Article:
By Shawn Bayes, Executive Director
As part of its vow to be “tough on crime,” the federal government is planning to table legislation to make the penalty for certain crimes incarceration for life without the possibility of parole. While it might sound logical at first blush, there are four big problems with this:
It won’t change anything about the length of time dangerous offenders spend in prison
Today, people with life sentences have the chance of parole after 25, 50 or 75 years. That word chance is really important. It doesn’t mean it will happen, just that it could, if the parole board is convinced the inmate is is no longer a threat to society.
Some inmates are unlikely to live long enough to reach their possible parole date. Take 24-year-old Justin Bourque, killer of the Moncton Mounties as an example. He is eligible for parole in 75 years. How many 99-year-olds do you know? How many murderers have you heard of that are 99 or older? In the event he lives to see 100 or more, keeping him incarcerated isn’t going to enhance public safety, but it will cost taxpayers.
Even for life-sentence offenders with earlier parole eligibility, if they are believed to be a danger to the public, they will not be released.
It would further marginalize the poor, addicts and those with mental health issues
A significant proportion of inmates suffer from mental illness and addiction, both of which can lead to actions a person would not normally take. Poverty can lead to desperate acts that go very wrong. In these cases, treatment and rehabilitation is arguably a far more just route than throwing sufferers behind bars and tossing away the key.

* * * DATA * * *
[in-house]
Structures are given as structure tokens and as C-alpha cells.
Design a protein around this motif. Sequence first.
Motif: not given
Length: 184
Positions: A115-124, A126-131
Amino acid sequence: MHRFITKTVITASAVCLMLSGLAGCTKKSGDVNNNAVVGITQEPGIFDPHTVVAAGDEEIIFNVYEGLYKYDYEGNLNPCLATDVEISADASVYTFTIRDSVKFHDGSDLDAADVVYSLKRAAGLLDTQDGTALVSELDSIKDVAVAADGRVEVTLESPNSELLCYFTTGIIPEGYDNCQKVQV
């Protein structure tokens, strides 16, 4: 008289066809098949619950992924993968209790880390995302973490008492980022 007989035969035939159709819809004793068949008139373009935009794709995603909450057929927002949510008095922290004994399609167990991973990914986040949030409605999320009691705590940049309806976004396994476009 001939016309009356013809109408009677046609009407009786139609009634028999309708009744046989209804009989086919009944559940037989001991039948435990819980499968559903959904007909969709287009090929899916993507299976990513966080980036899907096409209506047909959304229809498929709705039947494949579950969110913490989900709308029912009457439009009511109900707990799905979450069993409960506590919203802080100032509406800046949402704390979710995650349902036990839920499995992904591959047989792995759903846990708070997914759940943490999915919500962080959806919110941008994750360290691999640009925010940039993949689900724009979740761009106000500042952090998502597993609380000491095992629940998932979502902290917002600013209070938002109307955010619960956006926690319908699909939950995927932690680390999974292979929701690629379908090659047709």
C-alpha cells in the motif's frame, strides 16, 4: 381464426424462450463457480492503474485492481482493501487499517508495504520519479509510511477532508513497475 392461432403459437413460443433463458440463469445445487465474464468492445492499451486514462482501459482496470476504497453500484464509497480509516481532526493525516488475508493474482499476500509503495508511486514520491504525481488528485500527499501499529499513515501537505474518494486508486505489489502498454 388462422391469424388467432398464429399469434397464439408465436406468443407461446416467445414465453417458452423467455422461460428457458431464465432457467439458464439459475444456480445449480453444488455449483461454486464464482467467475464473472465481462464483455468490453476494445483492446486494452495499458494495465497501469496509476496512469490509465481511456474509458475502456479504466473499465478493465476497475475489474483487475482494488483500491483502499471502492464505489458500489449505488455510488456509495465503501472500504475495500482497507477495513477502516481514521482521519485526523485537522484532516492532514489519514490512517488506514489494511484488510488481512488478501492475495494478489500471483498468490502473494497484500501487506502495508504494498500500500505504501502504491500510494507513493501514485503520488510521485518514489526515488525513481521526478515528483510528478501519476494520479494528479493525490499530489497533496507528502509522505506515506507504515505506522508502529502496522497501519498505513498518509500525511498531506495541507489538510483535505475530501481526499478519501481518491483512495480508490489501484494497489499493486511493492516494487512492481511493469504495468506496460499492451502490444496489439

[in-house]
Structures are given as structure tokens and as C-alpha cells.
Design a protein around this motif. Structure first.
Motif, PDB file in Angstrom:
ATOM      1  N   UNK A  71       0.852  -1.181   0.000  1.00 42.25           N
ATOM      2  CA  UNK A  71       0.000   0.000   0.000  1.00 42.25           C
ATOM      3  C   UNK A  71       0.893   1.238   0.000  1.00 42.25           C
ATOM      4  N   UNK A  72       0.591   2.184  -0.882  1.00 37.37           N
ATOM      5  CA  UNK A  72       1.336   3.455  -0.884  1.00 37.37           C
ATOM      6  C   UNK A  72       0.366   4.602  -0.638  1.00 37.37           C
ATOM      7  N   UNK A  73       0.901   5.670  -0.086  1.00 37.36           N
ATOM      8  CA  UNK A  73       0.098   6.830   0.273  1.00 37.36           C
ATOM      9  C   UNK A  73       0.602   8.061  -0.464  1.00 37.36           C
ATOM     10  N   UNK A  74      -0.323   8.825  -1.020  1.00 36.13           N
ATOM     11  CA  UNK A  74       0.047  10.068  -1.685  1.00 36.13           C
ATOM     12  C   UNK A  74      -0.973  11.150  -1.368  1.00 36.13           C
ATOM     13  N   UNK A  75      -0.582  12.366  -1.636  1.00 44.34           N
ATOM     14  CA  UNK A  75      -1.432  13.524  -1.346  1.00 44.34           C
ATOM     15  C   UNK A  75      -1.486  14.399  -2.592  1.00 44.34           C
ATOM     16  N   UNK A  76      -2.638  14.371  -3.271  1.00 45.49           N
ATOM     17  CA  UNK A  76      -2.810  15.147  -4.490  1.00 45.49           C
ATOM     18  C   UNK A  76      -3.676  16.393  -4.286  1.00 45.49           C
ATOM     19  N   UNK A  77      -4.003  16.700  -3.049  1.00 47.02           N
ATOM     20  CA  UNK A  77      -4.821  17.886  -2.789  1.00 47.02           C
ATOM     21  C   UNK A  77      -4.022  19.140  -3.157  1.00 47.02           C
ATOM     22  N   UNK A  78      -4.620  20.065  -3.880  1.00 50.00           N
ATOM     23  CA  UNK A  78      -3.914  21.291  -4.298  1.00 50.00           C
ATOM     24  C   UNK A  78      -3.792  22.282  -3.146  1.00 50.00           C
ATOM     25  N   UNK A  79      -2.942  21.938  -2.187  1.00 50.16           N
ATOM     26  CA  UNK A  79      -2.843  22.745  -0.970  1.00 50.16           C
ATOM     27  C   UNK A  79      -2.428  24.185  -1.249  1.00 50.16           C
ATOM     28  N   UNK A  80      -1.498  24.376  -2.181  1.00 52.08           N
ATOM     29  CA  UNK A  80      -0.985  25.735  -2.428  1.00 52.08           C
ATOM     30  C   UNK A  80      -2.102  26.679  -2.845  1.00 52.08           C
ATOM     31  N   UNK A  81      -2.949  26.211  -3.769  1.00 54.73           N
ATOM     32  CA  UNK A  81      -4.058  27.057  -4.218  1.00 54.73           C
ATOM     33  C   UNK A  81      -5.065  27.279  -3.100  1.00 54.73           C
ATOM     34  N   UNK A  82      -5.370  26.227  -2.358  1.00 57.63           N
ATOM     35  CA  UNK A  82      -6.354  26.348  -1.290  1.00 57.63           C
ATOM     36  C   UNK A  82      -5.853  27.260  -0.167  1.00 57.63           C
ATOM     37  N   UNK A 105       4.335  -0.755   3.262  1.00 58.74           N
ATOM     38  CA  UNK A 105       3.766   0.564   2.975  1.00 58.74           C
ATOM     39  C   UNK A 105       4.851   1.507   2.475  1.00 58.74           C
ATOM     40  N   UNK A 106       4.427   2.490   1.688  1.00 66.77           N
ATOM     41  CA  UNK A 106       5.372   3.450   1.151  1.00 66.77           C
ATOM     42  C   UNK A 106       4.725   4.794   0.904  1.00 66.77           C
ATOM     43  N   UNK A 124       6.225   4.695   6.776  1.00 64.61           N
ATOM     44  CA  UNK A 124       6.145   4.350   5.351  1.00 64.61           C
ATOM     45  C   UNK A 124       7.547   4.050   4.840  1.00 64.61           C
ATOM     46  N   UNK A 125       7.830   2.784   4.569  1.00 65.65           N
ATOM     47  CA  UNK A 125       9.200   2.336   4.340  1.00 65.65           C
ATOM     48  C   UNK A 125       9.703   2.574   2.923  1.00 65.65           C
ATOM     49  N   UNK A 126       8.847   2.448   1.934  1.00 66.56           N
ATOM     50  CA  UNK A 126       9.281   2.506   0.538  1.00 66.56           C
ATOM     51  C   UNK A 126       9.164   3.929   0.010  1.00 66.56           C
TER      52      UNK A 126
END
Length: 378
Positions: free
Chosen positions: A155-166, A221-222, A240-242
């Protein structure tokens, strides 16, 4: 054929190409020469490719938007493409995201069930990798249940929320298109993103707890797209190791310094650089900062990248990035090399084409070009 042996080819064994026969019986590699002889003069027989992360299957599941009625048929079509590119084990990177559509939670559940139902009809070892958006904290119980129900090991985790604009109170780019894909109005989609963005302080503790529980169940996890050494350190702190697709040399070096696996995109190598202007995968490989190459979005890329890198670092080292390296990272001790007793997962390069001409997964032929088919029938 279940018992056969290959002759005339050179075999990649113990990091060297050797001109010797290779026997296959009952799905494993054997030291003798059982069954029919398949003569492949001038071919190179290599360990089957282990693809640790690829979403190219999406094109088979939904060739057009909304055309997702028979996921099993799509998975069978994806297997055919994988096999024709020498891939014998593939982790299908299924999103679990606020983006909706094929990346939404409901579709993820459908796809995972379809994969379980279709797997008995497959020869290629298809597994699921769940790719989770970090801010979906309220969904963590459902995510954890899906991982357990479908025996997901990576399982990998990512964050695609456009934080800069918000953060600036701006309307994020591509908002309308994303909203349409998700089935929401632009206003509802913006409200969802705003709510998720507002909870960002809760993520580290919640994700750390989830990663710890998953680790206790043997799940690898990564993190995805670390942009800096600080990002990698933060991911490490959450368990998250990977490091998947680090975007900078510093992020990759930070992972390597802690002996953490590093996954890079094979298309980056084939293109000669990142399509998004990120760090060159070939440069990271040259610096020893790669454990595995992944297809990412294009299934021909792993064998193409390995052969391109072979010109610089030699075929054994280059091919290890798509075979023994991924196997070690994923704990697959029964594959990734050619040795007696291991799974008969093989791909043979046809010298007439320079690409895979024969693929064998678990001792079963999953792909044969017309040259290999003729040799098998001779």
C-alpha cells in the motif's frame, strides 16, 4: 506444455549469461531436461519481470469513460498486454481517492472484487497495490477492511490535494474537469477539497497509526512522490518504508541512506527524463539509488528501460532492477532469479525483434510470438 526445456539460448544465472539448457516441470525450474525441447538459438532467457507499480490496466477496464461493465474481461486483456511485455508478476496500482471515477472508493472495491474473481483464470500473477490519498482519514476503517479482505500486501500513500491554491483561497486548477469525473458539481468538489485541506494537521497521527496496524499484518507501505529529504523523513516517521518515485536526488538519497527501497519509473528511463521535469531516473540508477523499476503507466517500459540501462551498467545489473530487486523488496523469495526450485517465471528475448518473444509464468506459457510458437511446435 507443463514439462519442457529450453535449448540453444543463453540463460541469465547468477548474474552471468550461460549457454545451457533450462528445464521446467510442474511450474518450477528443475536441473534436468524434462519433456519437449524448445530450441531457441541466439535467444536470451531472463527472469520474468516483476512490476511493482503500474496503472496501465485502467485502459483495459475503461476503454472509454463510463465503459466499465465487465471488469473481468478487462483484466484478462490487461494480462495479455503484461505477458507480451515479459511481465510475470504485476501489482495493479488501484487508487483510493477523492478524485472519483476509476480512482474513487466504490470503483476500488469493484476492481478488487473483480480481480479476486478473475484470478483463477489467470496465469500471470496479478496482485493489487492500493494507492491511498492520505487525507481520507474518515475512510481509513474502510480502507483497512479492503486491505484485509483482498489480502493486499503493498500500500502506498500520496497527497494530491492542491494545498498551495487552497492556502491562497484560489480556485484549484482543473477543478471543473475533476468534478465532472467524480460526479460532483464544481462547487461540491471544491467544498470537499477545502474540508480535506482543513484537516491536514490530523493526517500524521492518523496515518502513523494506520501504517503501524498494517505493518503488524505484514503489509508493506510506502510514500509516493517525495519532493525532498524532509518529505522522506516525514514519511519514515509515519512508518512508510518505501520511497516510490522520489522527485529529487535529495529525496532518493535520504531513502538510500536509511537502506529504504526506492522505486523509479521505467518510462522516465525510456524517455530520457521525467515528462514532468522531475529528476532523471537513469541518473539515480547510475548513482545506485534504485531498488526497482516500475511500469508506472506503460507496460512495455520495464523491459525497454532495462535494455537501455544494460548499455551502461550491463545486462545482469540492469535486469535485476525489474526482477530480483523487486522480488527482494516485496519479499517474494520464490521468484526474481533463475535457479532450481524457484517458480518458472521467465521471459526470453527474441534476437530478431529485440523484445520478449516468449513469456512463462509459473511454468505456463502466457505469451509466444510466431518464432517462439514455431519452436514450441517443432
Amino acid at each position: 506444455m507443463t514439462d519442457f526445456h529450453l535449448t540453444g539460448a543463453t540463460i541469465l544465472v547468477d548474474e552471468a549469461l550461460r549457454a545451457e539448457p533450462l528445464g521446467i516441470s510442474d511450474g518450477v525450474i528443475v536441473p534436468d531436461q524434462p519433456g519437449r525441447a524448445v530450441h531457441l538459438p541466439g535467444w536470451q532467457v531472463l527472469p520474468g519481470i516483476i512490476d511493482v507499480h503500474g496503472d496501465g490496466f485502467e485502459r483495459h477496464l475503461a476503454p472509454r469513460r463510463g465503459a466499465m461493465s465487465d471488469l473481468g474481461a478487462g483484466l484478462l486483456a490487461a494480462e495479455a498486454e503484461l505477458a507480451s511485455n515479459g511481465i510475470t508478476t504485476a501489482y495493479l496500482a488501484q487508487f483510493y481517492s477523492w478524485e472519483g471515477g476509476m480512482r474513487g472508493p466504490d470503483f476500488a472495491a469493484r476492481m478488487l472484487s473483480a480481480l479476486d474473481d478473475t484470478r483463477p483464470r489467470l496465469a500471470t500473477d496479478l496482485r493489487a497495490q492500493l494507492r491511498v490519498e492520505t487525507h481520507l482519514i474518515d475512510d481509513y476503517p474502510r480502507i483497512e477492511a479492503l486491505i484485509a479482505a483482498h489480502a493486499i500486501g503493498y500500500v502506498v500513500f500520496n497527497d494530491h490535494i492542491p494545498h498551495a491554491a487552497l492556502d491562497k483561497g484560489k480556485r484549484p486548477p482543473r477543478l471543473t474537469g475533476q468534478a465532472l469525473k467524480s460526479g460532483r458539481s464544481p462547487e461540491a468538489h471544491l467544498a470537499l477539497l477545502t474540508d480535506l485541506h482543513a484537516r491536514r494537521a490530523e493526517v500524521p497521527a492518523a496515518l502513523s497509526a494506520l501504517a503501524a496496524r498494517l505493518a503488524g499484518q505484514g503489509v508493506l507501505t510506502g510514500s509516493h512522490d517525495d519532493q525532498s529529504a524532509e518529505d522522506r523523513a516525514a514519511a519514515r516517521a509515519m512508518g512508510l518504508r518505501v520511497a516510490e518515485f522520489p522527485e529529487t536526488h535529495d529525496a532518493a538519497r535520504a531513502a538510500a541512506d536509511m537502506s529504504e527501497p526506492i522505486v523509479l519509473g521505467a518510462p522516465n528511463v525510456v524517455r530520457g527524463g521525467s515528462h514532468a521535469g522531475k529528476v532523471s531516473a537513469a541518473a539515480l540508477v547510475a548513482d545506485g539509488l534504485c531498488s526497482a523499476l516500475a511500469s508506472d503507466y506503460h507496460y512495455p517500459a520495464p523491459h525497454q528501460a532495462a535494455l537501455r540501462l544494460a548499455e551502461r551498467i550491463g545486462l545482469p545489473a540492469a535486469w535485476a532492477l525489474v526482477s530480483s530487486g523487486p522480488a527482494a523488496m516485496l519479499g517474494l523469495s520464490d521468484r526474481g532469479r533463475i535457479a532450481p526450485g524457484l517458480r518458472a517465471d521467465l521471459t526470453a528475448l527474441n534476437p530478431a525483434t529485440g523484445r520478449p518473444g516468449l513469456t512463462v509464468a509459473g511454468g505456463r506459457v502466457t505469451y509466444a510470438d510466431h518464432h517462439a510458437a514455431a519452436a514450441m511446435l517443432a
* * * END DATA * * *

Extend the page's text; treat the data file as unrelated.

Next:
It removes incentive for the inmate to change and amounts to death by incarceration
Picture an 18-year-old raised in poverty, without a stable home or parental guidance, swept up in a gang, being convinced to rob a convenience store and someone dies. With the new legislation, that teen’s life would be over. Today, there is the chance that by late middle age, they might have the opportunity to try and build a positive future.
There are those who say the victim won’t get another chance so why should a killer? The answer lies in whether we want to remain a nation that rehabilitates or whether we want to seek vengeance—no matter the cost to society. Those paroled after murder have very low recidivism rates, so to keep them behind bars until death merely destroys more lives and costs taxpayers money that could be better spent on creating stronger communities.
It will cost taxpayers a fortune that could be much better spent
At EFry, we recognize some people don’t see offenders worth helping. They want them to stay in prison. To those people, we ask – do you want to pay to keep people unlikely to re-offend in prison until they die? Is it worth between $140,000 and $150,000 of your dollars every year to confine a man and $200,000 to confine a woman? Or would you rather spent $30,000 to have them monitored in the community and the remainder of that money funnelled into things like improved mental health support, education, job creation or a host of other things that can benefit society?
There are only so many taxpayer dollars. Do you want them used to build stronger, healthier communities or do you want spend them on building more prisons and keeping people unlikely to reoffend locked up?